Wylfa

The company behind Wylfa Newydd on Anglesey has denied its owner is trying to distance itself from the scheme. When operational, the £10bn nuclear plant is expected to create 850 permanent jobs and should start generating power by 2025. Reports in Japan suggest owner Hitachi will suspend the project if new investors fail to come forward. But Horizon – a subsidiary it has charged with delivering Wylfa – said it was confident it would proceed. A spokesman for Horizon told BBC Wales’ Newyddion 9 that parent company Hitachi had made it clear from the start that new investors would be required to complete the Wylfa Newydd scheme. “It’s not Hitachi’s intention – and never has been – to completely sell Horizon,” he added. “We’re very confident that we will attract the investment required for this project.”

BBC 28th June 2017 read more »

Posted: 30 June 2017

Hinkley

EDF Energy boss insists a new generation of nuclear plant in the UK will deliver declining costs, others express doubt. EDF Energy’s outgoing chief executive Vincent de Rivaz has promised the firm will “earn” the right to operate a new generation of nuclear plant in the UK. To do this, de Rivaz acknowledged, “we must offer the best value for money for taxpayers and we will make it happen”. EDF’s boss of 16 years made his comments at Utility Week’s Energy Summit in London where he expressed his pride in having secured a deal for the construction of Hinkley Point C. He insisted “Hinkley Point C is making the industrial strategy happen”. He also said the project is “delivering its construction milestones to plan” and that an update on the project’s progress overall will be published “shortly”.

Utility Week 29th June 2017 read more »

Posted: 30 June 2017

Flamanville

A NEW nuclear reactor at Flamanville – less than 30 miles from Jersey – is fit for purpose despite weak spots in its steel structure, France’s nuclear regulator has said. In 2015 Autorité de Sûreté Nucléaire [nuclear safety authority] raised concerns over ‘excessive levels’ of carbon within the reactor vessel, warning that it could lead to weaknesses within the structure. It was the latest setback for the project, which has been plagued by delays and has seen construction costs soar from 3.3 billion euros to 10.5 billion euros. The reactor – Flamanville-3 – was due to be operational by 2012 but has still not yet come into service. The go-ahead came in the form of a provisional ruling by the ASN. A final ruling will be given in October. ‘The ASN considers that there are sufficient safety margins in order to start up the reactor,’ ASN director Pierre-Franck Chevet told Reuters on Wednesday. And although the regulator has given the reactor its approval, it said the utility firm will have to replace the reactor cover by 2024 at the latest.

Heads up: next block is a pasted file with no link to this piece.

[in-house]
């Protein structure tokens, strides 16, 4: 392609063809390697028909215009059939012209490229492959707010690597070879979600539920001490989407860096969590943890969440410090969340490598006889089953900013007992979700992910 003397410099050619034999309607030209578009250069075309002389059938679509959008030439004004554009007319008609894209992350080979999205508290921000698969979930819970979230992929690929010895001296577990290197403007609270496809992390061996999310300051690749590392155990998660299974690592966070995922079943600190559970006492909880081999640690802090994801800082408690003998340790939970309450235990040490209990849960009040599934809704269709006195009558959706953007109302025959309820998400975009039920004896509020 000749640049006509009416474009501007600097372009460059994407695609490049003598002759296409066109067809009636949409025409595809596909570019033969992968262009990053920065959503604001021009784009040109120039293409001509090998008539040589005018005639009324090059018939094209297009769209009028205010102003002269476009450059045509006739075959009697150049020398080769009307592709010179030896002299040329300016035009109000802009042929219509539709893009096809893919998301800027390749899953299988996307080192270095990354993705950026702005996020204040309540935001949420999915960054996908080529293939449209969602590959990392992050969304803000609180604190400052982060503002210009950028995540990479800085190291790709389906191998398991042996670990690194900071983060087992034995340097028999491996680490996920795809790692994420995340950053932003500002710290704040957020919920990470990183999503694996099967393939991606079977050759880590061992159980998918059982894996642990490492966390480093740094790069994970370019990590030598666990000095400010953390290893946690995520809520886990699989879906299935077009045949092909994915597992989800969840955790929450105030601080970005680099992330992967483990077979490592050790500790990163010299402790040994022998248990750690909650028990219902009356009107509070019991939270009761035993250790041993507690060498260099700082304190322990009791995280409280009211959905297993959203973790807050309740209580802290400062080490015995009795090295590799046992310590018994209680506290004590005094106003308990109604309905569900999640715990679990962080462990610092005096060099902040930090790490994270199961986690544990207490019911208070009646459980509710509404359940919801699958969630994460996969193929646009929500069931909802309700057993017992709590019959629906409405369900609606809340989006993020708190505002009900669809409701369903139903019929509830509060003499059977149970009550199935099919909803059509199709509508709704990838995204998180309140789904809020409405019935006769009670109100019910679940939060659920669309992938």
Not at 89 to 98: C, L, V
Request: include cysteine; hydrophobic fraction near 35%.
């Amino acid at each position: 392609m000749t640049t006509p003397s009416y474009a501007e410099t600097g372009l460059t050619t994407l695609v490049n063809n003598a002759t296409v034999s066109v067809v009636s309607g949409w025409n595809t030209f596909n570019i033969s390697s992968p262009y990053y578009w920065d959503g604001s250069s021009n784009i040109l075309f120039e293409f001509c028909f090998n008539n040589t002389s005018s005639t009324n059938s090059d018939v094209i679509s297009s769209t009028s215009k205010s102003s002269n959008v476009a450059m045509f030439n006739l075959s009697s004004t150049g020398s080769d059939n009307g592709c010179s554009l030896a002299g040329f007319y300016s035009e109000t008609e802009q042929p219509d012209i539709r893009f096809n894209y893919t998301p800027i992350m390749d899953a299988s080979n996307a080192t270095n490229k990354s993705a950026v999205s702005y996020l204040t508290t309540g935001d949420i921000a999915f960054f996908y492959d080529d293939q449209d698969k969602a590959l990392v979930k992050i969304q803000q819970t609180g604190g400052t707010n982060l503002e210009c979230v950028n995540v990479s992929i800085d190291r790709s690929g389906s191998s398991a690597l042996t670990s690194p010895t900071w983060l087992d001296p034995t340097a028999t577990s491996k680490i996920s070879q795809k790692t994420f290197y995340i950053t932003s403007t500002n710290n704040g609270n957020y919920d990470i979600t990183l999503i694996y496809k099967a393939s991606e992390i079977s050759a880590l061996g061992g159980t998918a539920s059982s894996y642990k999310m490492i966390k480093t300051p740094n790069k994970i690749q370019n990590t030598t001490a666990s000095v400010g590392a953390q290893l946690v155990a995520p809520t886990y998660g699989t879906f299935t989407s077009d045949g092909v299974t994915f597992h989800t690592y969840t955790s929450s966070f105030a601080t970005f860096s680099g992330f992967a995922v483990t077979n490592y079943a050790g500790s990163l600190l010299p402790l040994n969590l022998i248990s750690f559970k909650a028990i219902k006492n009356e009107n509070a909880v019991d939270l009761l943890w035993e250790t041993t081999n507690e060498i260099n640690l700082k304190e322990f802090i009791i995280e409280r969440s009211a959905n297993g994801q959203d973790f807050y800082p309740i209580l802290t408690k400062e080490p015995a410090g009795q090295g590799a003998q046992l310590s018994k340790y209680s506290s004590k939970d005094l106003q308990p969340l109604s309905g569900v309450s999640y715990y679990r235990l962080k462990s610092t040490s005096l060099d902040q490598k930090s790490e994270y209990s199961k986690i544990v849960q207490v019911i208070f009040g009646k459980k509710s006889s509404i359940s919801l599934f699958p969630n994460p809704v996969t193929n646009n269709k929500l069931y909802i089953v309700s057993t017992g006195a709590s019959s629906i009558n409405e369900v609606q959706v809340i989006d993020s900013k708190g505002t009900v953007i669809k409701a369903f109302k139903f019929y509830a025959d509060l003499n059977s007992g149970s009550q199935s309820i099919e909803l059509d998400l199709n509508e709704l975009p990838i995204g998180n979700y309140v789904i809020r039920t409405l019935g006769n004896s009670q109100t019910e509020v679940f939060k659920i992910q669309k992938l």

Jersey Evening Post 29th June 2017 read more »

[Machine Translation] While acknowledging its weaknesses, the nuclear gendarme should authorize the entry into service of the Flamanville EPR reactor at the end of next year. In return, EDF will have to multiply the controls, some of which are impossible to achieve. And change the lid of the reactor vessel “as soon as possible”. The conference room of the Nuclear Safety Authority (ASN) was full on Wednesday afternoon. After months of suspense, the regulator of the nuclear park was to return its “position” about the future of the flagship of the tricolor atomic industry: the Flamanville EPR. In a few minutes, the case is dispatched. What do you expect from the ASN? Work will continue in Flamanville. If all goes well, the third reactor is expected to start at the end of 2018. Prudente, EDF has ordered, from April, a Japanese blacksmith a new tank lid. In Pierre-Franck Chevet’s opinion, the machine should be ready to install in 2024, six years after the reactor is commissioned! Cost: a hundred million euros. A drop of water, compared to the 10.5 billion already engulfed by EDF in the largest construction site in France.

Journal de l’environement 28th June 2017 read more »

[Machine translation] Green light for the EPR tank: an “aberrant” and “irresponsible” decision for Greenpeace. The Nuclear Safety Authority announced on Wednesday, through its president, that the tank of the EPR had sufficient guarantees to put into operation the third generation nuclear reactor. Yannick Rousselet, of Greenpeace, strongly reacted on our antenna to this decision. “It is often considered that the ASN (Nuclear Safety Authority) is doing its job very well, but unfortunately this time it was under considerable pressure, it is obvious that the decision should be only of safety. Seen a discussion of carpet dealers because it is the future of the nucélaire industry is at stake, “lamented this Wednesday evening on our antenna Yannick Rousselet, specialist in nuclear issues at Greenpeace France.

France Info 29th June 2017 read more »

Posted: 30 June 2017

Taishan

[Machine Translation] The manufacturing defects encountered in France also exist on the two reactors of Taishan, in the south-east of China. The decision of the nuclear safety authority prompts China to emulate it. Barely the problem of Flamanville settled, the looks turn to China. The CGN industrialist built in Taishan, in the south-east of the country, two EPRs with EDF. These two tanks were manufactured in France, in the factory of Le Creusot, like those of Flamanville. And obviously have the same manufacturing defects. “The same parts are concerned and have been manufactured with the same process, explained the ASN president, Pierre-Franck Chevet, but it is the responsibility of the Chinese to decide. For two years, they have been associated with all the tests and works of the French authority. On Monday and Tuesday, the representatives of the Chinese authority and the industrialist CGN were in Paris to follow the conclusions on the Flamanville EPR. They will have to decide whether they also impose changes to the lids of the Taishan EPRs. These two reactors must start between the end of 2017 and the end of 2018.